Running On Empty

Do you know that saying 'running on the smell of an oily rag'? Maybe it's an Australian thing, but it's the best description I can think of to explain how I'm feeling today.  I'm exhausted and my tank is low. My 'refuel' light is flashing and I need to pull up and refuel.

So, I'm trying to lay low this weekend and as much as I want to pour my heart out here and write about this past week, the first anniversary of Dan's funeral and what it's been like to creep into my second year, I just don't have the energy to scrape it together. I'm sorry, I take my commitment to Widow's Voice very seriously and I promise I'll be back next week, pushing the limits of my word count.

In the mean time I thought I'd share an extract from my personal blog that still applies to how I feel today. Thank you for checking in and remember - it's ok to put your own needs first sometimes, in fact, it's essential. I know you guys get it. 

"Most days I don't really think about HOW my husband died anymore. The shock of his suicide has eased and now my pain is mainly focused around the loss of him, how much I miss him and my sadness for the life we should be living.

There are still days, however, where it creeps in to my mind or I find myself needed to share my story and as I get to 'that' bit... the uneasiness in my stomach grows again.

This morning I saw a health professional and as we discussed the stress I've been under due to my personal circumstances, it became relevant to explain the trauma around his death.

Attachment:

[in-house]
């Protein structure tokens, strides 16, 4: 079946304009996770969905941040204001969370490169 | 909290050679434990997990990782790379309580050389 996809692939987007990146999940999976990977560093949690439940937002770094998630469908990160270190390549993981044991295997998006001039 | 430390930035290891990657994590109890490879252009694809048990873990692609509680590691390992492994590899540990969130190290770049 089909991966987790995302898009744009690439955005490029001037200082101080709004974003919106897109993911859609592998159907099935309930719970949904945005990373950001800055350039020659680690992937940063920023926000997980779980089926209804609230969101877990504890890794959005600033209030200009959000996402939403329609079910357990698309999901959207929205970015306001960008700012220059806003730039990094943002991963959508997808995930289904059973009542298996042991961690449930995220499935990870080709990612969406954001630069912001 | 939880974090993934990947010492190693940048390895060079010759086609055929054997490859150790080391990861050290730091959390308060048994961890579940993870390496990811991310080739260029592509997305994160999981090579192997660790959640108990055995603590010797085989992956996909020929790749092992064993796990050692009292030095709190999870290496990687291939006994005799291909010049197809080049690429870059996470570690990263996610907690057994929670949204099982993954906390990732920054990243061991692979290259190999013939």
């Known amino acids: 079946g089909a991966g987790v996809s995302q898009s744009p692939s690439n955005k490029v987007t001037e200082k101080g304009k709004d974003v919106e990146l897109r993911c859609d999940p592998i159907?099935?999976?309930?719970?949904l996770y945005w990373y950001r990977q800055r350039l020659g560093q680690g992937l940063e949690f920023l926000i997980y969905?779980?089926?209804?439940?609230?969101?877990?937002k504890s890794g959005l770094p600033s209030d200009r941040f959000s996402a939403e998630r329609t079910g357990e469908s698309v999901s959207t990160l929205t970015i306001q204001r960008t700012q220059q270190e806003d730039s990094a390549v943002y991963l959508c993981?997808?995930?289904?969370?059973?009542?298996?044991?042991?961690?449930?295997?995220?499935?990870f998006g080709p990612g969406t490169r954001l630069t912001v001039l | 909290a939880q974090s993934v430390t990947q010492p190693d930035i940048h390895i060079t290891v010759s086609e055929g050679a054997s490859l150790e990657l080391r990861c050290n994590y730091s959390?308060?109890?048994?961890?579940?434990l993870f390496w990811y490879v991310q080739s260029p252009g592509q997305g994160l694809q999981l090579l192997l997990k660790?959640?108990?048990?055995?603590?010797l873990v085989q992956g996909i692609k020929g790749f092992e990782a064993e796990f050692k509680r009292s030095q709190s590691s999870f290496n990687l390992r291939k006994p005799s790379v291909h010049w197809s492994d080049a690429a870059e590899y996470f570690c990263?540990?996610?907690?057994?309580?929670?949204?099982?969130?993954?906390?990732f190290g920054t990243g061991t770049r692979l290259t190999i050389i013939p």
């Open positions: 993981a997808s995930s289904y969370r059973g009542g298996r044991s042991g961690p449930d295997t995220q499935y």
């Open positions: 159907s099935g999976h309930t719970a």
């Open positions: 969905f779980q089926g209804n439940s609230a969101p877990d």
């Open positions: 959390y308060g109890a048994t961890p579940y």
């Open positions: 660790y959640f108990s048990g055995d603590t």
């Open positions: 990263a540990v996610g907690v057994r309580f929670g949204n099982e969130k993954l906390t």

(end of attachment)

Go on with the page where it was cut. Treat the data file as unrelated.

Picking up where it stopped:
After all this time, I still stumble with the details and struggle to deliver it gracefully. 

It seems so inadequate to just say 'he took his own life'.

He deserves more than this, he was so much more than 'just' a victim of suicide and I feel compelled to try and explain his actions. 

The most adequate explanation (short of spending a good 20 minutes going through what a brilliant, good-hearted, thoughtful, caring man he was) seems to be along the lines of: 'he had depression, we had no idea how badly... His symptoms were predominantly memory loss and inability to focus, so he became convinced he was developing dementia and, during a suspected psychotic episode, took his life to save us from having to care for him.'

But the truth is, this is merely the picture I ended up with from the prices of the puzzle that I could pull together. Pieces like: the beautiful, heart-felt note he left me; conversations we had about how scared he was by his symptoms, as well as those he had with his doctor; the assumption by police that his death was not planned or pre-meditated, but carried out in a state of detachment; and the undeniable fact that he adored me, and would never have wanted to willingly cause me this pain.

However I will never truly know what happened in his head that day. There will always be questions that creep in when I let my guard down. I will never fully understand the 'why's, no matter how much I try to help others understand and accept.

Maybe the best I can hope for is to find peace in knowing I will never know, and one day I won't need to ask the questions anymore."

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